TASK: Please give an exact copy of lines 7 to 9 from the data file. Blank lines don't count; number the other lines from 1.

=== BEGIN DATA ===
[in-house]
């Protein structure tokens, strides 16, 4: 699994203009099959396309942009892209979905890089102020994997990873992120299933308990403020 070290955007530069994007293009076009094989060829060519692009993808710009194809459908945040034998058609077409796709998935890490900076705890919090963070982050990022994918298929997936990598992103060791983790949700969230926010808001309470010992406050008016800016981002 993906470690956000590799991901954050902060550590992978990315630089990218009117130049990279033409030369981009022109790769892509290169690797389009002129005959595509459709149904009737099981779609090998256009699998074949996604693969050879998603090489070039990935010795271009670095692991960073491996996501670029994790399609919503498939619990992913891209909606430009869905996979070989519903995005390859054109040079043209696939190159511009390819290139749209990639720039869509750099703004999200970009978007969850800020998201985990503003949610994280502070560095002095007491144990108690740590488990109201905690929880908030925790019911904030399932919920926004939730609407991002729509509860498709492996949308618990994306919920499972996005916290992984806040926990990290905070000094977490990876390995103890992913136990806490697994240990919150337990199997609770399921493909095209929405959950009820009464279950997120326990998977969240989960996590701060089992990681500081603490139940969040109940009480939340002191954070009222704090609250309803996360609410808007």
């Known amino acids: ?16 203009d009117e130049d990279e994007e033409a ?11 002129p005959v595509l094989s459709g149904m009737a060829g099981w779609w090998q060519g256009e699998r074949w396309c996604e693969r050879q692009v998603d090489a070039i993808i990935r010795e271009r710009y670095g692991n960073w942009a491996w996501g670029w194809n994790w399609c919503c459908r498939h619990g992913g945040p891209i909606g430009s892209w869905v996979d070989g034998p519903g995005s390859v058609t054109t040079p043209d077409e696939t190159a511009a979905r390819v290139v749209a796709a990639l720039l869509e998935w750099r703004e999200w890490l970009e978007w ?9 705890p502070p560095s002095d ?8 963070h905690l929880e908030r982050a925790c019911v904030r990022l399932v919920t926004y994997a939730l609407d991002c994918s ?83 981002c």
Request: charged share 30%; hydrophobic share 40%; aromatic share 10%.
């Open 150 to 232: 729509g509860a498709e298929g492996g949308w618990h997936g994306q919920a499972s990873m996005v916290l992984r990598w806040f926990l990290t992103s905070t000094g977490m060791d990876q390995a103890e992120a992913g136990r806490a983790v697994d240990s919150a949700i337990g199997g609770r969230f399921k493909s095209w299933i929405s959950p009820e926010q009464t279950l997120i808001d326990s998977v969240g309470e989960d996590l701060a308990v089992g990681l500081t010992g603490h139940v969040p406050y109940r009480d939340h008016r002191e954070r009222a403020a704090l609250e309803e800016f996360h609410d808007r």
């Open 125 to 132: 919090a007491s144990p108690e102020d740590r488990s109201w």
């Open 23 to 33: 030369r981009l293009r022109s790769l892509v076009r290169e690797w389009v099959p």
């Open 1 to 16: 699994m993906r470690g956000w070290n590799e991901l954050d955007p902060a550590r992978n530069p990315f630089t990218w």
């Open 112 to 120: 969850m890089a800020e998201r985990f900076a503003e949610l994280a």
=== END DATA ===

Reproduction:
């Open 23 to 33: 030369r981009l293009r022109s790769l892509v076009r290169e690797w389009v099959p």
């Open 1 to 16: 699994m993906r470690g956000w070290n590799e991901l954050d955007p902060a550590r992978n530069p990315f630089t990218w």
């Open 112 to 120: 969850m890089a800020e998201r985990f900076a503003e949610l994280a």